The middle two sets of drivers on the model are “blind” (flangeless), which helps the engine negotiate tight curves and turnouts without derailing, despite its rigid wheelbase. Interestingly, this trait was shared by the prototype.
On track. Blackstone’s model is equipped with a SoundTraxx Tsunami dual-mode decoder­, which works under both direct current and Digital Command Control. I tested it first under DC.

As is typical for a sound-equipped locomotive, the extra voltage draw of the sound chip makes slow-speed control tricky under DC. When starting the locomotive under DC, in addition to the chuffs, the whistle sounds automatically (twice when moving forward, three times in reverse). This drops the voltage below the decoder’s requirements, and it shuts off, then restarts. To start the locomotive under DC requires turning up the voltage up to 9V or so, high enough to overcome this; once the whistle is done sounding, the voltage can be dialed back to 7V or so, at which setting the engine will chug along at 5 scale mph.

The model’s top speed is just over 40 mph under DC control and 30 scale mph in DCC. That range is appropriate for the prototype, which was designed for pulling power on the D&RGW’s mountain grades, not for speed.

The mechanism is very smooth and quiet. When I used F8 to mute the sound effects from the DCC decoder, I had to practically put my ear to the track to hear the locomotive’s motor turning.

The sound effects were worth listening to, though. The staccato chuff of the exhaust sounded quite real­istic and synched to 4 chuffs per wheel revolution of the drivers. Our sample's whistle sound defaulted to a high-pitched peanut whistle.  The SoundTraxx decoder came with seven other whistles to choose from.  According to Blackstone, the versions that are painted for the Rio Grande or RGS have prototype-specific whistles as the default.I programmed CV130 to 128, increasing the bell volume so it wouldn’t be swamped by the exhaust chuffs.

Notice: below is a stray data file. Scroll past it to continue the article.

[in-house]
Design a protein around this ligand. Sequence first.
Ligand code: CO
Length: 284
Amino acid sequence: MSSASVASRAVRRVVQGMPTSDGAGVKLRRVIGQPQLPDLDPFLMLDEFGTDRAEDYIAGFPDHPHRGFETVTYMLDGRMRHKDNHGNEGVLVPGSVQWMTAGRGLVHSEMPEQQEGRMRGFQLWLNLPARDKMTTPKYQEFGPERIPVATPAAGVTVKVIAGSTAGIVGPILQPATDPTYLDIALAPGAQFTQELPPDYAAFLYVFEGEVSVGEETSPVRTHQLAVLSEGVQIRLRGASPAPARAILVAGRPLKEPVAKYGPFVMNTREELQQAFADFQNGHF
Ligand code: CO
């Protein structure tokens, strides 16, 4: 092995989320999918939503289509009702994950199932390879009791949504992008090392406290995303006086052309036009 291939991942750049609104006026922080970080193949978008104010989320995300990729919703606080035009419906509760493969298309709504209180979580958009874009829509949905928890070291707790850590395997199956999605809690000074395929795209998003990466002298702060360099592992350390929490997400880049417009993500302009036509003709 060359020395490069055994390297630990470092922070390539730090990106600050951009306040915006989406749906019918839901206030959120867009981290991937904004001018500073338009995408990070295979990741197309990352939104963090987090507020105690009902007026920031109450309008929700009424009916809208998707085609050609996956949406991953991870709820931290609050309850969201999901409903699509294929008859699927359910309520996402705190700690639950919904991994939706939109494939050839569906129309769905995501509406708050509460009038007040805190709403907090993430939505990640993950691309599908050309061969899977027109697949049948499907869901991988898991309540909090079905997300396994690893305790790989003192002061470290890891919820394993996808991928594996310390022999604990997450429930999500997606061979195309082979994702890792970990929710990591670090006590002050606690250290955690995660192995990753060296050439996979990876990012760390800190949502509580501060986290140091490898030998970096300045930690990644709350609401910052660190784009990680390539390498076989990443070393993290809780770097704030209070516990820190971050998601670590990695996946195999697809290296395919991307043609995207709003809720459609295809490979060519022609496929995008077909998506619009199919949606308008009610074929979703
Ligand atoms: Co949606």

Our test bench force meter recorded a drawbar pull of 0.8 ounce. That’s equivalent to a train length of 11 standard HO scale 40-foot boxcars on straight and level track. That’s typical for the prototype and era. Narrow gauge cars are smaller­ and lighter than standard gauge, but these trains rarely saw straight or level track, either, so that balances out. An ­after-market traction-tire product like Bullfrog Snot could further increase the model’s pulling power.

A Rocky Mountain high. The C-19 Consolidation represents an era of grit and ingenuity, when narrow-gauge trains climbed the Rockies. Blackstone’s HOn3 version is an excellent model, ready to conquer the mountains and canyons of your narrow gauge basement empire.
Price: $499.95

Blackstone Models
210 Rock Point Dr.
Durango, CO 81301

Era: late 1870s to early 1940s

Road names: Denver & Rio Grande Western (no. 342 with Royal Gorge Route herald, no. 345 with Flying Rio Grande herald, or no. 346 in post-wreck scheme), Rio Grande Southern (no. 40 with rising sun herald, late version, or no. 41 with number on tender), painted (Russia Iron boiler) but unlettered, painted (black) but unlettered

  • 36" drivers (middle two flangeless)
  • Blackened metal wheelsets, in gauge
  • Cast metal detail parts
  • Detailed boiler backhead and cab interior
  • Dimmable, directional light-emitting-diode headlight
  • Five-pole, skew-wound motor with flywheel
  • Kadee no. 714 knuckle couplers, at correct height
  • Minimum radius: 18"
  • SoundTraxx Tsunami Digital Command Control sound decoder
  • Wire handrails, grab irons, and uncoupling levers